The current reliance on proprietary software and platforms and consequent lack of open source alternatives in VR research is an important governance limitation that constrains progress in the development and application of this technology. As with other developing technologies, it is important to consider potential conflicts of interest in the promotion and use of proprietary software and hardware. Finally, as with other emerging therapeutic modalities, there is limited knowledge of the potential adverse effects associated with immersive VR interventions for mental health, and those designing clinical trials should be alert to a range of possible outcomes and considering this when reporting results. This is particularly important when considering that psychological interventions have a particularly poor track record for reporting adverse events (10).


New technologies such as VR may offer a further advantage in light of current concerns about the risk of infection from face-to-face interactions and provide some relief to healthcare organizations and clinicians that have scrambled during the COVID-19 pandemic to offer virtual consultations (11). Mental health clinicians should learn from this and make sure organizations can seamlessly adapt virtual alternatives when necessary; VR can be of particular advantage due to how readily it can be adapted to automated treatment and data collection and the location where treatment is delivered (12). Ethical research governance also represents an important challenge, particularly as new technologies pose new risks in terms of privacy and confidentiality. On the other hand, new technologies can be exceptionally useful, for example allowing new data sources (such as changes in patterns of mobile phone use and geographical data and activity from smart home sensors) that can detect early warning signs of severe mental disorders. These technologies may also be applicable to forensic mental health, for example helping to monitor behaviors associated with risks of relapse or violence. In our pursuit of these advances we must not forget the complicated history of ethics in psychiatry. The advent of new technologies means that sound, ethical research governance will be more important than ever.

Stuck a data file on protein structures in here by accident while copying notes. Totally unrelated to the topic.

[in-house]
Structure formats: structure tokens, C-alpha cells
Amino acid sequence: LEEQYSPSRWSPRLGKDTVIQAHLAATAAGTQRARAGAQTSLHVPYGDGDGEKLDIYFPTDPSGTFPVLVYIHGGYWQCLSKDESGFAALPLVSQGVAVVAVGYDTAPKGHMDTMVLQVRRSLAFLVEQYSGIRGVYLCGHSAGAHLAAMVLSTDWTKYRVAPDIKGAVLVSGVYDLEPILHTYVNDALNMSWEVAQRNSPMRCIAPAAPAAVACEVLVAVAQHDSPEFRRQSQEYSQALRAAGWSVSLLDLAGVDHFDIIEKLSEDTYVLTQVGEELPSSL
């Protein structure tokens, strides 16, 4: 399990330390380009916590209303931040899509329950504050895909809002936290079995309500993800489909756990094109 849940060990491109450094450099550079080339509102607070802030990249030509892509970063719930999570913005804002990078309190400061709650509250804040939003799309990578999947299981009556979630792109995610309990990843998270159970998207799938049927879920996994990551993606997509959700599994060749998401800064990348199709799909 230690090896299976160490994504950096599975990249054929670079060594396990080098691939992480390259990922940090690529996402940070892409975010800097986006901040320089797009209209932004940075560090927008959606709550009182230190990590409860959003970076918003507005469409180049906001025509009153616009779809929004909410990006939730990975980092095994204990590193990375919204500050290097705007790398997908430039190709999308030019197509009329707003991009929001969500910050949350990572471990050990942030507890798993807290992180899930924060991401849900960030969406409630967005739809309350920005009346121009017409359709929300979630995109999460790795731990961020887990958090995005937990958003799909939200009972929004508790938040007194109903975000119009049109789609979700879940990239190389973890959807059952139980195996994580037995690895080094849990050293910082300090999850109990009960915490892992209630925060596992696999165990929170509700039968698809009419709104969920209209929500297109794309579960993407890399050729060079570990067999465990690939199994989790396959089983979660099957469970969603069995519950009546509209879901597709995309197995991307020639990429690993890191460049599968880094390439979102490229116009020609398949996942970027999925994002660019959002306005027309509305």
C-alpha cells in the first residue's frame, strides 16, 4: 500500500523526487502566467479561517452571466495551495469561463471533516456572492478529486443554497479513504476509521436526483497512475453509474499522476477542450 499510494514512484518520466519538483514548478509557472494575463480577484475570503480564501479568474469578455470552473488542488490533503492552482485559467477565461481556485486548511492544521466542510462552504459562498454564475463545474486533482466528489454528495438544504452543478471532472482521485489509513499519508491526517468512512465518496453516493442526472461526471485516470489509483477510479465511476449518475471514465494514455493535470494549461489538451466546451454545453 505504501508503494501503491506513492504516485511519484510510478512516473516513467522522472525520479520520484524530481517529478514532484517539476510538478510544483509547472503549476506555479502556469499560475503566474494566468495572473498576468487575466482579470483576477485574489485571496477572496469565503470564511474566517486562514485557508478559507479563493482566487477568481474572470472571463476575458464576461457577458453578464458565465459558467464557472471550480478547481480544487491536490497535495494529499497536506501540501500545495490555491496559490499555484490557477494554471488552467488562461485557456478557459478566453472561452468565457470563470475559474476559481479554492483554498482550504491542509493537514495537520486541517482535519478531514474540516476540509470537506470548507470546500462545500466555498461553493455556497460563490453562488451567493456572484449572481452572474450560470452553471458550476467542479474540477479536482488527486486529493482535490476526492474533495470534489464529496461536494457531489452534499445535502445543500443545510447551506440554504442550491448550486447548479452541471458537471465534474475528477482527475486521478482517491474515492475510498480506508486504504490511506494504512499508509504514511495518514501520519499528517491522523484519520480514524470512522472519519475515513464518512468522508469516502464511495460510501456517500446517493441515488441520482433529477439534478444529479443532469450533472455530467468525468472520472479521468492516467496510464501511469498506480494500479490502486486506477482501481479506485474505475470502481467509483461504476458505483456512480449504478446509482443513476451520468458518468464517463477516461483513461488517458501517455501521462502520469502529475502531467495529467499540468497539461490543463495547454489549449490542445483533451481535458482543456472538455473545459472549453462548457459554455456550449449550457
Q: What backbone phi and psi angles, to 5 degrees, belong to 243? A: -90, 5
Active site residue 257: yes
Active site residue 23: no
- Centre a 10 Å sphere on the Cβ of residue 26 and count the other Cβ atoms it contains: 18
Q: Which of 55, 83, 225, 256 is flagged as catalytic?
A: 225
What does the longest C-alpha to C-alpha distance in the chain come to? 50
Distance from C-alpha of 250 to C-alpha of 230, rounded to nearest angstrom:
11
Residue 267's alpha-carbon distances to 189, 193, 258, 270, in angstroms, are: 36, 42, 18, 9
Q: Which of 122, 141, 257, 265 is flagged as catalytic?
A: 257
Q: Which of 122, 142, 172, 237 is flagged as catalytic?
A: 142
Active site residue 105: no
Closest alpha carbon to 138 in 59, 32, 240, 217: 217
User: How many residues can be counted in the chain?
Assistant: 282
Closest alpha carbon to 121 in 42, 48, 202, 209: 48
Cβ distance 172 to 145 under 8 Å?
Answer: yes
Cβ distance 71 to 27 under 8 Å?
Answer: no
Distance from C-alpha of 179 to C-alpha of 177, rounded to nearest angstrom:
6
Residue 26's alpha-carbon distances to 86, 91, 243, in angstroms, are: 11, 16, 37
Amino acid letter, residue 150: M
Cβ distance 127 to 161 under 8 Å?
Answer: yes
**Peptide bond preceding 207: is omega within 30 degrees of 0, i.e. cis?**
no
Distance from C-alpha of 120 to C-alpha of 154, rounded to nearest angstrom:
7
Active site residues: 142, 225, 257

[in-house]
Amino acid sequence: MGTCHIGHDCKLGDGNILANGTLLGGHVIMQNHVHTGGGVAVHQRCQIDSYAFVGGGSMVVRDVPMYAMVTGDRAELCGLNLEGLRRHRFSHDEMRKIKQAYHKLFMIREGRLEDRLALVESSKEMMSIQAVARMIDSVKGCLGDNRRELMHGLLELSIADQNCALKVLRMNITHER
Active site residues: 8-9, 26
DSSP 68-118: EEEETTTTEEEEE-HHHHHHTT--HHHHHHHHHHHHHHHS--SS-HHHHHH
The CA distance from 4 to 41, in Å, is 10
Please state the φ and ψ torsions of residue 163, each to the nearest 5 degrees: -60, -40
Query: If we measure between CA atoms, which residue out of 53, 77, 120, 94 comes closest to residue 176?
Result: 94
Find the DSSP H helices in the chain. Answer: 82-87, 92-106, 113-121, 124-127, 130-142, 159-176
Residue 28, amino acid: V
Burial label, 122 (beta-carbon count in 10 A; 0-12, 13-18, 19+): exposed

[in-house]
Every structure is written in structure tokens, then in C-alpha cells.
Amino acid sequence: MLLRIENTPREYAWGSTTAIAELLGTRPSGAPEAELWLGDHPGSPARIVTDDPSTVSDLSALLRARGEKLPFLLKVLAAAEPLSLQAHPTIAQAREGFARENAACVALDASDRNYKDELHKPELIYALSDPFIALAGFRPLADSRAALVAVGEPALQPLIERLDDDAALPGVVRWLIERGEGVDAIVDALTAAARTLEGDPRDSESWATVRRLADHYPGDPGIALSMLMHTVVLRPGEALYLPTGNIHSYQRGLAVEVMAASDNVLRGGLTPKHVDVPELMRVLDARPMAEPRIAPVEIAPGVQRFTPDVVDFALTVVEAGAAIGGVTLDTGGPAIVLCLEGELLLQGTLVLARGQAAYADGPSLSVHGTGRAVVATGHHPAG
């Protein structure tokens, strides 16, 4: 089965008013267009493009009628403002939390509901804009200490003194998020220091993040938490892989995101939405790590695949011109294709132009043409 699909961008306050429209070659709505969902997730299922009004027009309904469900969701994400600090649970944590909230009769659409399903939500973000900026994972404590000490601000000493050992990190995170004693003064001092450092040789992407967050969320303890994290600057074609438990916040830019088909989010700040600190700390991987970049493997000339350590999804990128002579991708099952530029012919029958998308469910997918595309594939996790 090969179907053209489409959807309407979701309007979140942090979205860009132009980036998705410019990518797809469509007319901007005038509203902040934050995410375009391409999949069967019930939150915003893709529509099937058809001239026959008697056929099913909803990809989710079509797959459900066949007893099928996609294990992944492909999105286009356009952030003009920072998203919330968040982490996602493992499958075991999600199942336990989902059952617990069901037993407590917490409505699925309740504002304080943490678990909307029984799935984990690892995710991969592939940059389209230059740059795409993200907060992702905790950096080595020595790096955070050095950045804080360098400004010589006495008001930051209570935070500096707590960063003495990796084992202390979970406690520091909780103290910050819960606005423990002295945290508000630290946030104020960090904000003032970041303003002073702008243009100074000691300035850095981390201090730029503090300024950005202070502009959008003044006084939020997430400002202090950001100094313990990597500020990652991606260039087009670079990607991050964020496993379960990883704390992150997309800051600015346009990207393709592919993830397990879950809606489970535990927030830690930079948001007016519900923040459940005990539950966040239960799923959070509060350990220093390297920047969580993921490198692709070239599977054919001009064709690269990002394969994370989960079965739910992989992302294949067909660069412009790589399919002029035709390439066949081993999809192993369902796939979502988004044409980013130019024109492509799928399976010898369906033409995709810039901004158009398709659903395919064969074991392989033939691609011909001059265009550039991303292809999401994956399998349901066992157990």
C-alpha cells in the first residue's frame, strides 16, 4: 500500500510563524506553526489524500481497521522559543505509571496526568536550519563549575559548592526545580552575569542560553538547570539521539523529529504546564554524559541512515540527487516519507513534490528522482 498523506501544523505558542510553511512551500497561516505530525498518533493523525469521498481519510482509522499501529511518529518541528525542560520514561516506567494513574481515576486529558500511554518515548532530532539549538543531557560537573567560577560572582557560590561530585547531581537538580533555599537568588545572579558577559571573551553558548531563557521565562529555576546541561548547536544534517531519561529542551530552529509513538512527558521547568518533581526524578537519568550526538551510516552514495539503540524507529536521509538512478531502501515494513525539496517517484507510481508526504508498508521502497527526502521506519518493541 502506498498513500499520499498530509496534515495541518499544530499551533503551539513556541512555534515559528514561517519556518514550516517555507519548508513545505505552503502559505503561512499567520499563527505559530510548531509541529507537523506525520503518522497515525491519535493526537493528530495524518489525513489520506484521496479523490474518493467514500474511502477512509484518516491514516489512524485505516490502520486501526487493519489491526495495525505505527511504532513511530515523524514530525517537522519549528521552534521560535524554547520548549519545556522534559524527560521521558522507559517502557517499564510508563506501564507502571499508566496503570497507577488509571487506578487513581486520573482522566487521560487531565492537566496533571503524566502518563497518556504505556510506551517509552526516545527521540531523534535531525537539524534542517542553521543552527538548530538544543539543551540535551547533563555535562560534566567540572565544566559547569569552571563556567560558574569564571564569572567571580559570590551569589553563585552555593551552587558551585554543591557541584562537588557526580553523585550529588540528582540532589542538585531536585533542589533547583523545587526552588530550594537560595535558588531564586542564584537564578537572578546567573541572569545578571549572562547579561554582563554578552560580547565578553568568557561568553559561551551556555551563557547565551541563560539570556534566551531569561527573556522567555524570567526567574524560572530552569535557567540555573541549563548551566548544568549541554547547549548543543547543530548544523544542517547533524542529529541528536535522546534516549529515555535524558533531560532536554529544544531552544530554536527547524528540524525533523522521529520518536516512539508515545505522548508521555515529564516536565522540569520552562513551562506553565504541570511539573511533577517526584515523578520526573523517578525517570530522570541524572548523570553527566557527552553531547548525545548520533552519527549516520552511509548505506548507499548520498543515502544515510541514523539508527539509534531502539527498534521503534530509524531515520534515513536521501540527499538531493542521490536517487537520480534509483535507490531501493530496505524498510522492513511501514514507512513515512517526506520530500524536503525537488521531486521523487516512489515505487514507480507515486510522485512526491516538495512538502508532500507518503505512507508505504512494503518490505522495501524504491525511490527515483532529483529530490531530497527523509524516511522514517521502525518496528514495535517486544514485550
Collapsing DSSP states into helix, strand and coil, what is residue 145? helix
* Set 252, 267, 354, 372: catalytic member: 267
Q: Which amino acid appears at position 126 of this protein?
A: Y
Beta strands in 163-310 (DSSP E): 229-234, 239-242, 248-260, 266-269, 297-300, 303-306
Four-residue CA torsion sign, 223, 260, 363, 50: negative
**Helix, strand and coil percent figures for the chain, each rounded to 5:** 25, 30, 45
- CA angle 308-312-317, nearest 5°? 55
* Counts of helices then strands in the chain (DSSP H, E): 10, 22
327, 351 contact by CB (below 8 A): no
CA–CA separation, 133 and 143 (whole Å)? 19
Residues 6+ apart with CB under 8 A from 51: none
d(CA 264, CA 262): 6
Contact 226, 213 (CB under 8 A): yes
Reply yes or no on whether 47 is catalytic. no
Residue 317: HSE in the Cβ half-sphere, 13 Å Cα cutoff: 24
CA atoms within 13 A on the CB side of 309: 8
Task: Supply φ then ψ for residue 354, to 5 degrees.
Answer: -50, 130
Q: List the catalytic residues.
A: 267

Author Contributions

RL and DM conceptualized the article, and contributed to editing and proofreading. RL wrote the first draft. All authors contributed to the article and approved the submitted version.

Conflict of Interest

The authors declare that the research was conducted in the absence of any commercial or financial relationships that could be construed as a potential conflict of interest.


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Keywords: virtual reality, governance, augmented reality, side effects, technology

Citation: Lundin RM and Menkes DB (2021) Commentary: Managing Virtual Hybrid Psychiatrist-Patient Relationships in a Digital World. Front. Public Health 9:664778. doi: 10.3389/fpubh.2021.664778

Received: 08 February 2021; Accepted: 19 March 2021;
Published: 13 April 2021.

Edited by:

Wulf Rössler, Charité – Universitätsmedizin Berlin, Germany

Reviewed by:

Rose McCabe, City University of London, United Kingdom

Copyright © 2021 Lundin and Menkes. This is an open-access article distributed under the terms of the Creative Commons Attribution License (CC BY). The use, distribution or reproduction in other forums is permitted, provided the original author(s) and the copyright owner(s) are credited and that the original publication in this journal is cited, in accordance with accepted academic practice. No use, distribution or reproduction is permitted which does not comply with these terms.

*Correspondence: Robert M. Lundin,